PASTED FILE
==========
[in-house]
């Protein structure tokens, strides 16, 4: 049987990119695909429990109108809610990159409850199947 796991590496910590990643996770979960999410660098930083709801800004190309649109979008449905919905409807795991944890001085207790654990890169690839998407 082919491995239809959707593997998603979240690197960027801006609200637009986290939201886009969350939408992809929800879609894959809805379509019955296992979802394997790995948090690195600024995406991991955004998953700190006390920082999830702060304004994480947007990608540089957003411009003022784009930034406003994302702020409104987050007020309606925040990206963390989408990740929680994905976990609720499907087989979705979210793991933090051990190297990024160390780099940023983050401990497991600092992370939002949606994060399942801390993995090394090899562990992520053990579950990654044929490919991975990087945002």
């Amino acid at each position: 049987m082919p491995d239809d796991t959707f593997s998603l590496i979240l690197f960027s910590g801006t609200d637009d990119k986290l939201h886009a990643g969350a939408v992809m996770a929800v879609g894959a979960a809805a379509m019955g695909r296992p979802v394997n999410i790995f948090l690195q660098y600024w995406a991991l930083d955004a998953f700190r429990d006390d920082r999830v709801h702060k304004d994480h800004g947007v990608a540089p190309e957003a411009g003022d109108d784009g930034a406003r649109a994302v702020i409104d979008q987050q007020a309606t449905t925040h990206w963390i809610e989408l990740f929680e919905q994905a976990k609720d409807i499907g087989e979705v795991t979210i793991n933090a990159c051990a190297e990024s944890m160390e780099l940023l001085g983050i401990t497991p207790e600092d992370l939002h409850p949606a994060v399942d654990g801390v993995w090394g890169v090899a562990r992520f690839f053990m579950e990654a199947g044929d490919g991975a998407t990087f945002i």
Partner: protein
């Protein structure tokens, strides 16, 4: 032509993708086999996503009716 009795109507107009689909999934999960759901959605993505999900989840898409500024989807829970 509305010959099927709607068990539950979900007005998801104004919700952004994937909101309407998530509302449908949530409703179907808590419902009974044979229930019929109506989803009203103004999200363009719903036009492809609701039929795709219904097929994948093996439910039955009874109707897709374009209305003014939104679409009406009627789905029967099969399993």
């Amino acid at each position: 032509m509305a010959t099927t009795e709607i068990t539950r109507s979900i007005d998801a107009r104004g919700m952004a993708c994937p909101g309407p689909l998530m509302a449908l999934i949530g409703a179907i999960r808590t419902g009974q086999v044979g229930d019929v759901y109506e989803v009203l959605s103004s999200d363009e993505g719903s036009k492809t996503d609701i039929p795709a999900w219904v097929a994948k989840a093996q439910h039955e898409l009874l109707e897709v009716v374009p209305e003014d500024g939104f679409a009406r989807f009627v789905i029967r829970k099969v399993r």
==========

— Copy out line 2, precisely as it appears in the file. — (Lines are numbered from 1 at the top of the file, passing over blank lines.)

């Protein structure tokens, strides 16, 4: 049987990119695909429990109108809610990159409850199947 796991590496910590990643996770979960999410660098930083709801800004190309649109979008449905919905409807795991944890001085207790654990890169690839998407 082919491995239809959707593997998603979240690197960027801006609200637009986290939201886009969350939408992809929800879609894959809805379509019955296992979802394997790995948090690195600024995406991991955004998953700190006390920082999830702060304004994480947007990608540089957003411009003022784009930034406003994302702020409104987050007020309606925040990206963390989408990740929680994905976990609720499907087989979705979210793991933090051990190297990024160390780099940023983050401990497991600092992370939002949606994060399942801390993995090394090899562990992520053990579950990654044929490919991975990087945002």